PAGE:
Jasper Lane is a well-trimmed, upper-middleclass neighborhood with a mixture of gay, straight, liberal, conservative, young, and old people, all a bit wacky and all reaching for the brass ring. There is not one central character, but rather everyone seems to play a part with equal billing. The story jumps from house to house, neighbor to neighbor as their stories intertwine, and in some cases collide. Returning characters are Cassie Bloom, the grand dame who likes to throw gay-porn parties and hides a deadly secret from her son, Jason. Melinda, who is now single and dealing with the dating scene. Steve, husband to Sandy, who now owns a gay porn production company while Sandy runs for office in the Gay Porn Wives Club. Rick Cooper, who is now living with Dave, and is jealous of the stud who’s buzzing around David. And Jefferson, a secretive person who’s spying on the neighborhood. Even the dog who goes by the name of Gay Hound makes a cameo.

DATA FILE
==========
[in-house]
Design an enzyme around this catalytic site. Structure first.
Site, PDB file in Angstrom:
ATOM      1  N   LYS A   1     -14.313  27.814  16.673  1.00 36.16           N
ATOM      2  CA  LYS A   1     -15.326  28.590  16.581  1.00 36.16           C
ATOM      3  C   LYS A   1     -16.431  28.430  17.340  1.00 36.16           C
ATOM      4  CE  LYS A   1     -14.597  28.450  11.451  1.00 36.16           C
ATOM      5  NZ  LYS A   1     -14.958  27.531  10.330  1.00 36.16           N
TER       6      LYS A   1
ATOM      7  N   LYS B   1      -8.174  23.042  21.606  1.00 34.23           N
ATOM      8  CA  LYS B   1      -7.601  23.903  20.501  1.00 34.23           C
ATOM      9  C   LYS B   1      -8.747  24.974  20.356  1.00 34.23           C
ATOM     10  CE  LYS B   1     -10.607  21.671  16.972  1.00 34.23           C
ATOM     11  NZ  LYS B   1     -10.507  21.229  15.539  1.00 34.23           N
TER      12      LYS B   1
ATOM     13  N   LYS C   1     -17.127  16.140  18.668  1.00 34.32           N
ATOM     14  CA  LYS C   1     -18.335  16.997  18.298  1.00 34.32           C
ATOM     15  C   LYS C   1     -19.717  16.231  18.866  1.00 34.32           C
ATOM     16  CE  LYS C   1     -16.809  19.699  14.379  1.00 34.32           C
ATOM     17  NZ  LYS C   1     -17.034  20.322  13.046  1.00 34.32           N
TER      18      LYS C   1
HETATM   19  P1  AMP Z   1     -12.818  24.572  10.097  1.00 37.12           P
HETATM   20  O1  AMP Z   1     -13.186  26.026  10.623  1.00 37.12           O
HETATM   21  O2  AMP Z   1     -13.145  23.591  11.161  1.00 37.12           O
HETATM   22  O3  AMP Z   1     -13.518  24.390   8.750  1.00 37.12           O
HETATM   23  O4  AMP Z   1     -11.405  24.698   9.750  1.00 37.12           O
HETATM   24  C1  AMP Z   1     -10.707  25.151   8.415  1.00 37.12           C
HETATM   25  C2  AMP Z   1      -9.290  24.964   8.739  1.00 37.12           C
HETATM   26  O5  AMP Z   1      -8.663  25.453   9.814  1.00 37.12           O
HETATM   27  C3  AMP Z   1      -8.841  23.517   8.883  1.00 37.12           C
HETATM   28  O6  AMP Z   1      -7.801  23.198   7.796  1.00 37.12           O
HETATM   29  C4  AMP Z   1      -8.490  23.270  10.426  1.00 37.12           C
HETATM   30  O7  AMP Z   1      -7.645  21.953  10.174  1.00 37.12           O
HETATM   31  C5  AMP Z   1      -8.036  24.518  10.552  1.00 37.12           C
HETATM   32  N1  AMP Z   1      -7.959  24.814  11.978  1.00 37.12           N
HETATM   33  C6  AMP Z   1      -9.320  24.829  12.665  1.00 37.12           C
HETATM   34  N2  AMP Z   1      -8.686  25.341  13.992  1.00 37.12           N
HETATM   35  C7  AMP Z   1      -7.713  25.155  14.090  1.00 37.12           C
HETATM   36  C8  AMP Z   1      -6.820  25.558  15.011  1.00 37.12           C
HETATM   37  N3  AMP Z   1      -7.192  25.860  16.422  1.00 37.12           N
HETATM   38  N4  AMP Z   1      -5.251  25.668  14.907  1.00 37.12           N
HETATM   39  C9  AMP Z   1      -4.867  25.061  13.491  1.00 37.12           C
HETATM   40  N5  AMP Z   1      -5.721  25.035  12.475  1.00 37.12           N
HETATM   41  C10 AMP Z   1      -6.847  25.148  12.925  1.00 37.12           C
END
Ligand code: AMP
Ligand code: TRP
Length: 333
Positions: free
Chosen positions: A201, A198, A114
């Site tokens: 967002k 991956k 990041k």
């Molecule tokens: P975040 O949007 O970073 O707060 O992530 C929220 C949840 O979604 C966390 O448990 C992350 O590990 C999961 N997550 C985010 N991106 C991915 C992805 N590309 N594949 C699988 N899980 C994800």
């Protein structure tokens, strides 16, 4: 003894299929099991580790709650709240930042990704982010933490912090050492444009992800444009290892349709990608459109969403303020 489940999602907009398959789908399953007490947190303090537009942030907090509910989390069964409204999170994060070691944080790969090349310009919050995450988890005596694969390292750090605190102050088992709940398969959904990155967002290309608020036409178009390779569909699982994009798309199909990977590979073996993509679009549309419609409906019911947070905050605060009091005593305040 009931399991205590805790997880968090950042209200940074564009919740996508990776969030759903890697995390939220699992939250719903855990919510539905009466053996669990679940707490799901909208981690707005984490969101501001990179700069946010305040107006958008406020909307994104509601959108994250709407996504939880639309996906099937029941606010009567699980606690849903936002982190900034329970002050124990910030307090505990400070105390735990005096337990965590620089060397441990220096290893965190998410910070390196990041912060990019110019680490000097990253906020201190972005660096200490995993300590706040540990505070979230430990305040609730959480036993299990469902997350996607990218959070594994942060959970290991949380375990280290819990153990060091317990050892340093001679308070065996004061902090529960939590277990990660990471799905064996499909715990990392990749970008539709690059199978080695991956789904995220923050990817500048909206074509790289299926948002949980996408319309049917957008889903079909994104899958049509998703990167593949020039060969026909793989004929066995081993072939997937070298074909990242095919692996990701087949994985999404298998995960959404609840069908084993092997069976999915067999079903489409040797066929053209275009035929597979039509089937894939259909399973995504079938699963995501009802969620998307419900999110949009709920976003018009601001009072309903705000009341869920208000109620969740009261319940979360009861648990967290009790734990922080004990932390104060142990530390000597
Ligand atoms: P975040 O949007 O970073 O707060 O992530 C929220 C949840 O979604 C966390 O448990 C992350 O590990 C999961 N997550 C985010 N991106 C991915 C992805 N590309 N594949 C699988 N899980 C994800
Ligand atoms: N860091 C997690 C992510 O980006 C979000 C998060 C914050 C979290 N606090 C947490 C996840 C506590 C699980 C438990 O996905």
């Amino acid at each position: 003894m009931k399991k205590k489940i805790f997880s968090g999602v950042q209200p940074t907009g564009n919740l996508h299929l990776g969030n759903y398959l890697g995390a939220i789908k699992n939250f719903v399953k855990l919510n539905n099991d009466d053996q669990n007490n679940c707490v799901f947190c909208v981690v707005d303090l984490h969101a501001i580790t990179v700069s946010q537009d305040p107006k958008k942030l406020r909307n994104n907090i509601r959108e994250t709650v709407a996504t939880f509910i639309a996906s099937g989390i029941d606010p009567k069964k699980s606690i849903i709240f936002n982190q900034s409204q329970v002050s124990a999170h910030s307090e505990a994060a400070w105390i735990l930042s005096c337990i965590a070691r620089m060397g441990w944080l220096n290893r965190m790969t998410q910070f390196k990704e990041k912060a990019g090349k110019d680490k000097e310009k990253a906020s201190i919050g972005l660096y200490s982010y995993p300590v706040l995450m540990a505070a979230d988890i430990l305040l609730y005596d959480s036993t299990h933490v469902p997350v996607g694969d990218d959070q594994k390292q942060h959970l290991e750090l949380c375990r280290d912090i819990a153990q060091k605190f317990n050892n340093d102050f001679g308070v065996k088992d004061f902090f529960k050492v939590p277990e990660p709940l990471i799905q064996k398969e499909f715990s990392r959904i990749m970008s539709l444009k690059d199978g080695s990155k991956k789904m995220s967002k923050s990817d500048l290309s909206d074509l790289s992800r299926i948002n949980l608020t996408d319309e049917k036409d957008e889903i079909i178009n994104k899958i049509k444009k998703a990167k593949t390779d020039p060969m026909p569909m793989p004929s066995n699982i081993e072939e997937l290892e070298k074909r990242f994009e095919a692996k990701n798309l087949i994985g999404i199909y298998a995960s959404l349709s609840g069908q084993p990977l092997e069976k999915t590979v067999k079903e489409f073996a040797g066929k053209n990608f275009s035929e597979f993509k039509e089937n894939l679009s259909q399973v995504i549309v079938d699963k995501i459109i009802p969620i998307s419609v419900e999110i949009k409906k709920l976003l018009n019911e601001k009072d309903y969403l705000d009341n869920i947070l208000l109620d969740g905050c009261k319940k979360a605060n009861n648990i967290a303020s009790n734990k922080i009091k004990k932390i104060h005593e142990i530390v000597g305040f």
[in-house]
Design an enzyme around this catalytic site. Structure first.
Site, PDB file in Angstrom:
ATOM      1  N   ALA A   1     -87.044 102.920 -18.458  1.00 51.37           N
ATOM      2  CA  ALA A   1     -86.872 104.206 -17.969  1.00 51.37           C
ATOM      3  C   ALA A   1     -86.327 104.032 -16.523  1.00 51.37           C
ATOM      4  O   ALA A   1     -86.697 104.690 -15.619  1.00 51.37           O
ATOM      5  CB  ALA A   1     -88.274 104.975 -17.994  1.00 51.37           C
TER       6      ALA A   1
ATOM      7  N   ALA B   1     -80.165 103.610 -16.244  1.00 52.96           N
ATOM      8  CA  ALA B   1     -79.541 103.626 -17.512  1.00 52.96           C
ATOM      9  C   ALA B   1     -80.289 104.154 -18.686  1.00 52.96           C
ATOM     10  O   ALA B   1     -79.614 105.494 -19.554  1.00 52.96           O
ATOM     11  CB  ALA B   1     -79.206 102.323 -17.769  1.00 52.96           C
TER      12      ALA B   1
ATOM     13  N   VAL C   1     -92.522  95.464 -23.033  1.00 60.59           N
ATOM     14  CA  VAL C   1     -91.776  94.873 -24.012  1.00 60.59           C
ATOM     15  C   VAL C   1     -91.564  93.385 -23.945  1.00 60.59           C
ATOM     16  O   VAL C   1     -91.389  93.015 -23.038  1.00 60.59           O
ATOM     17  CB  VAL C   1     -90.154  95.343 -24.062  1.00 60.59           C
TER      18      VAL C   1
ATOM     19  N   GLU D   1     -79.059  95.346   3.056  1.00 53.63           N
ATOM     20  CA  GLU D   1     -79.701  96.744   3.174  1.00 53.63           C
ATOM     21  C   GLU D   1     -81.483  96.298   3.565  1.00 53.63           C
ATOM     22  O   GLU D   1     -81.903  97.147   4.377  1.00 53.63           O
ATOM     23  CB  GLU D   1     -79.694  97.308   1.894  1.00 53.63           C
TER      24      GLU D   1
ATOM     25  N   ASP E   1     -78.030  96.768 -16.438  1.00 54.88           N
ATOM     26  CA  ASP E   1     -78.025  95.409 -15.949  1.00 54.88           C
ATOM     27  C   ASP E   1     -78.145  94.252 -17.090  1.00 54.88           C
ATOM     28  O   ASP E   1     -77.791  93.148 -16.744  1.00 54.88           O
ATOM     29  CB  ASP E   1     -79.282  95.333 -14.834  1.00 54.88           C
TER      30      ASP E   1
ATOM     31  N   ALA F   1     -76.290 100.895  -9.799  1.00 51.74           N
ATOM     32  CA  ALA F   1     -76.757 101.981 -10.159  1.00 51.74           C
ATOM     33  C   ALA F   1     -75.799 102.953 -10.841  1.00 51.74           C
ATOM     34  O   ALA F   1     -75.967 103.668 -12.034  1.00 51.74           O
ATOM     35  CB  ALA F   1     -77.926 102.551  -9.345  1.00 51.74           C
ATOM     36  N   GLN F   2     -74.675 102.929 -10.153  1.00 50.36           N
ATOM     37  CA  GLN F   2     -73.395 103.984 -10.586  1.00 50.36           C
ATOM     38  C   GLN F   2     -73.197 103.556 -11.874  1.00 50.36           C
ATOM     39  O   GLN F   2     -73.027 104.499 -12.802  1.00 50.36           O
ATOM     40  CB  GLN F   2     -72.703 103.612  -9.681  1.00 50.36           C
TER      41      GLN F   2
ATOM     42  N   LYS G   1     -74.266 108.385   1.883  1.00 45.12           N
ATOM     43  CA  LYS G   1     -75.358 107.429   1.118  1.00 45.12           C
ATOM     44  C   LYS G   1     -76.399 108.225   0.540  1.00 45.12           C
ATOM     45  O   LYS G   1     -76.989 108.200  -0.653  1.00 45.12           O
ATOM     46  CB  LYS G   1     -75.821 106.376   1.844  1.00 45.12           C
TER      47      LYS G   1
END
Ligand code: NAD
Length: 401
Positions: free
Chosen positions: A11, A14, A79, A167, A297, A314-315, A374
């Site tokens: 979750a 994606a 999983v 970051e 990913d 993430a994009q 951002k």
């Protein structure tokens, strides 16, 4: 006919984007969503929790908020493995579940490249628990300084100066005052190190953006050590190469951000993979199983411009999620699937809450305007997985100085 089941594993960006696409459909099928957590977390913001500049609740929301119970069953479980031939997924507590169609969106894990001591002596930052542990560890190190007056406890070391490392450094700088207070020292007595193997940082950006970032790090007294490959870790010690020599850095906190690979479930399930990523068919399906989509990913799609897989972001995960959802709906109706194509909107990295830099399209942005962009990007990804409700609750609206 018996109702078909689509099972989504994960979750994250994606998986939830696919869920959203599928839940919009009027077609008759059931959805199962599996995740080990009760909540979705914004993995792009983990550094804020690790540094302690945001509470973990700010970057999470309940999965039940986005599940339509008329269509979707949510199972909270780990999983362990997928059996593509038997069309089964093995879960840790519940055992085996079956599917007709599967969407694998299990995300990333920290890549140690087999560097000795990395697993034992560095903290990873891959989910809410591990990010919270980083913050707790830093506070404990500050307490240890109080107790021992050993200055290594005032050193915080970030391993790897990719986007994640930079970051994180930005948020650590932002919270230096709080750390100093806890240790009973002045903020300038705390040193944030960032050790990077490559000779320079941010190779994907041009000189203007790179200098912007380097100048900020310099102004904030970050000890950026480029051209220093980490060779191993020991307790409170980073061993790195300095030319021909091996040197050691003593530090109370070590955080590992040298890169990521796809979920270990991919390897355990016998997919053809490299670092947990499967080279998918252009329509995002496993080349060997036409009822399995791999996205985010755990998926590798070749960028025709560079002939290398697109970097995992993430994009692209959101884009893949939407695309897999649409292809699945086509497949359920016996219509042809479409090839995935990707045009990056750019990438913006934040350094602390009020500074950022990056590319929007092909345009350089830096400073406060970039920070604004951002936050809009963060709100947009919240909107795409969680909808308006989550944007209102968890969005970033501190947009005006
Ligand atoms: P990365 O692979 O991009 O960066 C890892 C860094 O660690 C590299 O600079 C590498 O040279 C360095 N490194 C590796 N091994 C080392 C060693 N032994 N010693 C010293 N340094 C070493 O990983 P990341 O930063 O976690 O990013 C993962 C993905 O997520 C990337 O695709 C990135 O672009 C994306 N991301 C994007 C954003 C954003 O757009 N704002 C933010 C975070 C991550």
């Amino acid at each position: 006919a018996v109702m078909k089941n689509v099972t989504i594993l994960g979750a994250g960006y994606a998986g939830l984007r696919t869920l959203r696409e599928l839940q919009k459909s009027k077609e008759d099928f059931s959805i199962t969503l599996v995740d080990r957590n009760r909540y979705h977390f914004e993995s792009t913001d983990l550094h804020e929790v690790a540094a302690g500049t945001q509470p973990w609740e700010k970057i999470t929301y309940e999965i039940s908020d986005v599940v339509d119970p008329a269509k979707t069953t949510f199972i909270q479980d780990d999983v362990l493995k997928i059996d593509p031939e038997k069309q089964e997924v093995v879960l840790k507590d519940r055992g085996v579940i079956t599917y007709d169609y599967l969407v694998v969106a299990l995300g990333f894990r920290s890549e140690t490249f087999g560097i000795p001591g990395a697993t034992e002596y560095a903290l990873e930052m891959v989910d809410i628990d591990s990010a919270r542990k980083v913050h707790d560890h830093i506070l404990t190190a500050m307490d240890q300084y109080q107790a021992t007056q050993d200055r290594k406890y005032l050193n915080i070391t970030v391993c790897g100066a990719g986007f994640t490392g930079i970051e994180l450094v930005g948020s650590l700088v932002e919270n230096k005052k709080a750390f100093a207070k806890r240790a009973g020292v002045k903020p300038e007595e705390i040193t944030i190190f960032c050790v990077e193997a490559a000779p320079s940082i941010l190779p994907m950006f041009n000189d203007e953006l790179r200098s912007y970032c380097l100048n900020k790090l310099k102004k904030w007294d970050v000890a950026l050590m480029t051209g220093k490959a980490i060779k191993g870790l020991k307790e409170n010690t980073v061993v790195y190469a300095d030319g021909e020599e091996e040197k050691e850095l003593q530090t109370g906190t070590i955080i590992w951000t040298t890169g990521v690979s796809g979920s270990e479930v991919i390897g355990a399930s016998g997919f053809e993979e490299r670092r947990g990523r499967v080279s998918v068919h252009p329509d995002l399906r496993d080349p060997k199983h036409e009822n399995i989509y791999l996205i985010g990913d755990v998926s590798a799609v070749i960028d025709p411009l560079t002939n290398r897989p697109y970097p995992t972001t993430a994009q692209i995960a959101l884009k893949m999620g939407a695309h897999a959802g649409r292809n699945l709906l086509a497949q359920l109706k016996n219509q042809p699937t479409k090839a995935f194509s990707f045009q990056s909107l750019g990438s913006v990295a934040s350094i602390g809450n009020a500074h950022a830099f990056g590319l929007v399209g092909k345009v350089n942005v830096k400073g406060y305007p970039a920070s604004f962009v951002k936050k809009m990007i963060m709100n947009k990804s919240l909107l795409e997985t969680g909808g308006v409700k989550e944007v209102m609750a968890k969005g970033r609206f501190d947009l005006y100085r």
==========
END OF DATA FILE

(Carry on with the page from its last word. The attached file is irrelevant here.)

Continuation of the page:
Like Subsurdity, this is a fast paced, easy read, the kind of carefree read people take to the beach. It is often interesting, often silly and often funny. The story jumps from one character to another every three or four pages, of which there are five main characters to follow.
I was a little disappointed that Patrick, whom I very much liked in the first Jasper Lane book, didn’t make an appearance until the very end of this story. I was also disappointed that the lesbian couple introduced in the first few pages, were not mentioned again until page ninety, and then played a very small role. As for the other characters, they had same impact on me as the first book. I found them slightly one-dimensional but fun. Most of them were somewhat believable, and a few, like Jason, were sympathetic. There were some – like Terrence, the gay man who took his son to summer camp – that were portrayed as far too infantile to be believable or likable.
There were also a couple of plot points introduced in the first book, the murder mystery for instance, that paid off in this sequel.
This is certainly not the kind of character driven, thought provoking book that I normally enjoy. However, it was fast and fun. If you are looking for gay “Literature” then I suggest you keep looking. If you simply want a fun read that will lift your spirits, they I suggest you give Suburbilicious a try.